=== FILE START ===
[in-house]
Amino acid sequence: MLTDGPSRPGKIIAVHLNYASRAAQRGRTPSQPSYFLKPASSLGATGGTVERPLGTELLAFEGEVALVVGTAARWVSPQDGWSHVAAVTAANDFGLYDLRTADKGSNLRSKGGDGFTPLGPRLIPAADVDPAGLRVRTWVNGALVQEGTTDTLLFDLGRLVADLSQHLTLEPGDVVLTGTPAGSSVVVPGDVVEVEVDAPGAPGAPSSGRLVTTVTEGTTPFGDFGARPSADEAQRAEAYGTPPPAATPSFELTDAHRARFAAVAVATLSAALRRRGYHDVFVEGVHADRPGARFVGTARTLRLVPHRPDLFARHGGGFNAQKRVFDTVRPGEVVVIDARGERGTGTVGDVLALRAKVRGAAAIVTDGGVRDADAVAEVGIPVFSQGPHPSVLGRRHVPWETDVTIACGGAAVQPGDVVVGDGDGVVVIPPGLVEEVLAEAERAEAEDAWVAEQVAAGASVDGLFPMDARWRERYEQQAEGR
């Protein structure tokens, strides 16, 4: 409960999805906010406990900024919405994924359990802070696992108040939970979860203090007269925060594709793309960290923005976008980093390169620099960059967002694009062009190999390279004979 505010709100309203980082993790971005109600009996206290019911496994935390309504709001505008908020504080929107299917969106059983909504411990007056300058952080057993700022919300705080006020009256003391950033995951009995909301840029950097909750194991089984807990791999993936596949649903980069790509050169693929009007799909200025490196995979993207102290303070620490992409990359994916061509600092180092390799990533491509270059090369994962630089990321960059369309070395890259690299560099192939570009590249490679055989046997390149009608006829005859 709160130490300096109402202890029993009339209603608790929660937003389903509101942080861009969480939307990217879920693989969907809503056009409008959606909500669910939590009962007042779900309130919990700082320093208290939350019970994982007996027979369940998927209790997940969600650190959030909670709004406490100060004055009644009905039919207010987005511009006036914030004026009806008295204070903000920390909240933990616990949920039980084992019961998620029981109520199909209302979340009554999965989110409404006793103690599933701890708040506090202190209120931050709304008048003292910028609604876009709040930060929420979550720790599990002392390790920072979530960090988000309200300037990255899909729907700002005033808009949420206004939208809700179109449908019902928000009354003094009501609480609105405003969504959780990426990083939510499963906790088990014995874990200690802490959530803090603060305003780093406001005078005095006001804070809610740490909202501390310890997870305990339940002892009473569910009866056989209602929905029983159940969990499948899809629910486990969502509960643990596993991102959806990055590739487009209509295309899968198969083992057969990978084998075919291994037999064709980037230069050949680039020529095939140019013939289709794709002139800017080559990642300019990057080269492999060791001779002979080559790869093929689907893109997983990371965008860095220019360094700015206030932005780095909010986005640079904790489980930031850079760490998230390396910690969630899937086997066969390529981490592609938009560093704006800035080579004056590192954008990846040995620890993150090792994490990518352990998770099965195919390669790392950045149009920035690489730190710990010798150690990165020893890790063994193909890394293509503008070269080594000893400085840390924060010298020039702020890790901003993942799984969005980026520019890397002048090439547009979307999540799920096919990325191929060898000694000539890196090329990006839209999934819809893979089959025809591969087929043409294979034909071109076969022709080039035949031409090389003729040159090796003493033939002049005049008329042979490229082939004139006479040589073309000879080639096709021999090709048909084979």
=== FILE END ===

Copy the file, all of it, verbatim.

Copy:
[in-house]
Amino acid sequence: MLTDGPSRPGKIIAVHLNYASRAAQRGRTPSQPSYFLKPASSLGATGGTVERPLGTELLAFEGEVALVVGTAARWVSPQDGWSHVAAVTAANDFGLYDLRTADKGSNLRSKGGDGFTPLGPRLIPAADVDPAGLRVRTWVNGALVQEGTTDTLLFDLGRLVADLSQHLTLEPGDVVLTGTPAGSSVVVPGDVVEVEVDAPGAPGAPSSGRLVTTVTEGTTPFGDFGARPSADEAQRAEAYGTPPPAATPSFELTDAHRARFAAVAVATLSAALRRRGYHDVFVEGVHADRPGARFVGTARTLRLVPHRPDLFARHGGGFNAQKRVFDTVRPGEVVVIDARGERGTGTVGDVLALRAKVRGAAAIVTDGGVRDADAVAEVGIPVFSQGPHPSVLGRRHVPWETDVTIACGGAAVQPGDVVVGDGDGVVVIPPGLVEEVLAEAERAEAEDAWVAEQVAAGASVDGLFPMDARWRERYEQQAEGR
């Protein structure tokens, strides 16, 4: 409960999805906010406990900024919405994924359990802070696992108040939970979860203090007269925060594709793309960290923005976008980093390169620099960059967002694009062009190999390279004979 505010709100309203980082993790971005109600009996206290019911496994935390309504709001505008908020504080929107299917969106059983909504411990007056300058952080057993700022919300705080006020009256003391950033995951009995909301840029950097909750194991089984807990791999993936596949649903980069790509050169693929009007799909200025490196995979993207102290303070620490992409990359994916061509600092180092390799990533491509270059090369994962630089990321960059369309070395890259690299560099192939570009590249490679055989046997390149009608006829005859 709160130490300096109402202890029993009339209603608790929660937003389903509101942080861009969480939307990217879920693989969907809503056009409008959606909500669910939590009962007042779900309130919990700082320093208290939350019970994982007996027979369940998927209790997940969600650190959030909670709004406490100060004055009644009905039919207010987005511009006036914030004026009806008295204070903000920390909240933990616990949920039980084992019961998620029981109520199909209302979340009554999965989110409404006793103690599933701890708040506090202190209120931050709304008048003292910028609604876009709040930060929420979550720790599990002392390790920072979530960090988000309200300037990255899909729907700002005033808009949420206004939208809700179109449908019902928000009354003094009501609480609105405003969504959780990426990083939510499963906790088990014995874990200690802490959530803090603060305003780093406001005078005095006001804070809610740490909202501390310890997870305990339940002892009473569910009866056989209602929905029983159940969990499948899809629910486990969502509960643990596993991102959806990055590739487009209509295309899968198969083992057969990978084998075919291994037999064709980037230069050949680039020529095939140019013939289709794709002139800017080559990642300019990057080269492999060791001779002979080559790869093929689907893109997983990371965008860095220019360094700015206030932005780095909010986005640079904790489980930031850079760490998230390396910690969630899937086997066969390529981490592609938009560093704006800035080579004056590192954008990846040995620890993150090792994490990518352990998770099965195919390669790392950045149009920035690489730190710990010798150690990165020893890790063994193909890394293509503008070269080594000893400085840390924060010298020039702020890790901003993942799984969005980026520019890397002048090439547009979307999540799920096919990325191929060898000694000539890196090329990006839209999934819809893979089959025809591969087929043409294979034909071109076969022709080039035949031409090389003729040159090796003493033939002049005049008329042979490229082939004139006479040589073309000879080639096709021999090709048909084979």